So now, pairs have thought relatively deeply both about the technical concept and the task planning. The whole team is consulted, and the team is well positioned to work forward as a team to start implementing.

BTW 1 - It may be that the team wants to think more about a particular item before committing to that particular concept. That's OK! Just make a task, "Finalize Design" or whatever.

BTW 2 - How did I come up with this? One of my first teams asked themselves this very question, and this is what they came up with! It worked beautifully! So if this doesn't feel right for your team, give them the goals for the meeting and ask them how they want to do it! Maybe you should even do that first!

Tuesday, September 2, 2014

Frameworks considered helpful

Jurgen Appelo recently wrote:

I know of no industry in the world that is as infested with methods and frameworks as the software business. Whether it’s RUP, XP, Scrum, AUP, DAD, or SAFe, it seems IT businesses are always looking for yet another method or framework that they can “implement” next month.

As a retailer, how often do you come into contact with filmmaking? Not very often. How often do you come into contact with road building? Except when you are stuck in traffic due to a construction site, not very often.

How often do you come into contact with IT? Every business comes in contact with IT. Whether to sell on online, automate processes, manage work, or whatever, every IT and software are everywhere. And IT projects can be extremely complex and failure is quite common.

And IT is so widespread, there aren't enough experts to go around -- or why does Jurgen tour the world to promote his book and his framework, instead of working with individual companies to help them improve?

Most people have no idea where to begin. Our instincts from our hunter-gatherer phases evolution are often counter-productive. So frameworks are essential. They are reasonably well understood place to start. Some of them even work pretty well, like Scrum (or even Kanban ;-) if you apply them reasonable well. And this is hard part.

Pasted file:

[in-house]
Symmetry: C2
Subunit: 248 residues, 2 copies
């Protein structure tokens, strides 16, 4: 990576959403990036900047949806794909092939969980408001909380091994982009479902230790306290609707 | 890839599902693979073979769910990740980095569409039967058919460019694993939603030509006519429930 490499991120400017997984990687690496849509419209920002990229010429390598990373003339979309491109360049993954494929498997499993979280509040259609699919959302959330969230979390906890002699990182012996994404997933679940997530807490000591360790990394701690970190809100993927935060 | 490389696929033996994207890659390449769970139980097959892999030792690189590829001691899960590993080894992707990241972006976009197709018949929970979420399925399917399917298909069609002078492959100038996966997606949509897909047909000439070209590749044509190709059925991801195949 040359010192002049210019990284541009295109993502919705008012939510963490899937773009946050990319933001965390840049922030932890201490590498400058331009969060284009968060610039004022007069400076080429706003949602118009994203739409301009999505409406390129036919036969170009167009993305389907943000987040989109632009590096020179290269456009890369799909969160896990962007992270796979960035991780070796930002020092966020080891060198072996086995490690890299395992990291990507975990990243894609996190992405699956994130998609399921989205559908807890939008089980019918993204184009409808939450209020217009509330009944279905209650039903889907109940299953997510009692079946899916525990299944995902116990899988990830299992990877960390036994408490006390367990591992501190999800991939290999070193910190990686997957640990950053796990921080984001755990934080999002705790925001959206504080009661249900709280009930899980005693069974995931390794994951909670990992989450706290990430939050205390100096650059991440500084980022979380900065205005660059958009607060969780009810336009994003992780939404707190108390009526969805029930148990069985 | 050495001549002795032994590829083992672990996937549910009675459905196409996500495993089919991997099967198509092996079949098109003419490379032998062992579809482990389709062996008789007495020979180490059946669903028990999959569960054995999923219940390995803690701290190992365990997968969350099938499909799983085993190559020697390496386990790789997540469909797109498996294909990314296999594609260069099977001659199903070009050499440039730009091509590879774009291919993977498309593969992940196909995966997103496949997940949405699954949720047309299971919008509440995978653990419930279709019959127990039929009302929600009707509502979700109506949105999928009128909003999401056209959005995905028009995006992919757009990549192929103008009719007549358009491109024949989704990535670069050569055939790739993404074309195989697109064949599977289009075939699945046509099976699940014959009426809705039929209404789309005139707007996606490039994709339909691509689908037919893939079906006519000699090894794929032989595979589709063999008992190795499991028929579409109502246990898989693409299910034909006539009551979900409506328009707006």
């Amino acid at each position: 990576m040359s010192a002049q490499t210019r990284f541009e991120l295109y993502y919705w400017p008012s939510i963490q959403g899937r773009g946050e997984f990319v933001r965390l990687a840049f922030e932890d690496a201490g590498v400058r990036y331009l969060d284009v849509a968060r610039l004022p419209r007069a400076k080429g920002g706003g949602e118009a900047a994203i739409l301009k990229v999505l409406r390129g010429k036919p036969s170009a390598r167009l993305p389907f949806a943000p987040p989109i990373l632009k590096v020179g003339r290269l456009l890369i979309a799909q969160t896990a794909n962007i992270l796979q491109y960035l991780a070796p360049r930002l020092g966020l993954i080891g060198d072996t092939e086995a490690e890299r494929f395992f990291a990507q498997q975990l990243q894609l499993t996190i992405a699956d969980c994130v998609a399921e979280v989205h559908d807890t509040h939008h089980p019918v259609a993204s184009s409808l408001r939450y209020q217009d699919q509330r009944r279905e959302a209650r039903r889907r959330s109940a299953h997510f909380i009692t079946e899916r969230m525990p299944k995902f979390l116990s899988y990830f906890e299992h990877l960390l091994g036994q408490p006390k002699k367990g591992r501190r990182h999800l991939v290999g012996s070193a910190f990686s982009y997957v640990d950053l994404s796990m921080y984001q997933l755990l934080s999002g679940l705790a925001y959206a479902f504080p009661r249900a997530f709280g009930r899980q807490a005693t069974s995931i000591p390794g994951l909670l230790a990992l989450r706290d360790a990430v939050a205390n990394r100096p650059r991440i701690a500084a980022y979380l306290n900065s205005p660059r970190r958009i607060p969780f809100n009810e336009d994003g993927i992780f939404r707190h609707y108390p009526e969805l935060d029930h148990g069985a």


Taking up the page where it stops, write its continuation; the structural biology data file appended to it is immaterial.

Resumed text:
For some more research-driven explanations as to why frameworks are helpful, see Chip and Dan Heath's book: Switch, or How to Change when Change is Hard. Their example on Minimally Invasive Cardiac Surgery is particularly illuminating. Taking on a new complex activity requires a good place to start, a lot of practice, and a willingness to learn.


Monday, September 1, 2014

Scrumbut, or What could you omit from Scrum?

Jelle van Wieringen recently wrote on LinkedIn:
Next Monday in Mannheim, Germany we will discuss Scrumbut in our open monthly "Scrum Stammtisch". This months topic is the consequences of leaving out elementary elements of Scrum. I'd like to know what [people] think...
As perhaps the first person to ask people to take the Nokia test in public, I feel a little bit responsible for the creation of the term "ScrumBut." Is it OK to change Scrum? Certainly there are situations where necessary, and others where it's not OK (and probably some overlap between the two!), so here is my take on changing Scrum:

The core of Scrum is really very small. Inspect and Adapt. At regular intervals. Everything thing Scrum is designed to enable effective inspection and adaptation at regular intervals.

To me, Scrum represents a solution to the challenge of solving complex problems based on those simple principles. It's a reference implementation. You'll never do it exactly like it is in the book, but especially at the beginning, you should try to get as close as possible to the book.

As you get good at Scrum, your inspections and adaptations may take you away from the book. When is that OK?

I have two tests for good changes to Scrum:

  1. Does it cause you to inspect and adapt more often than Scrum-by-the-book? If yes, it's probably a good change. If not, then probably not. 
  2. Is your change the result of an agreement, either among the Scrum Team or between the Team and its stakeholders, to improve performance? If yes, it's probably a good change. If not, i.e. you are accommodating some endemic problem or inability to change, then you are probably being tempted by the Dark Side and should tread cautiously.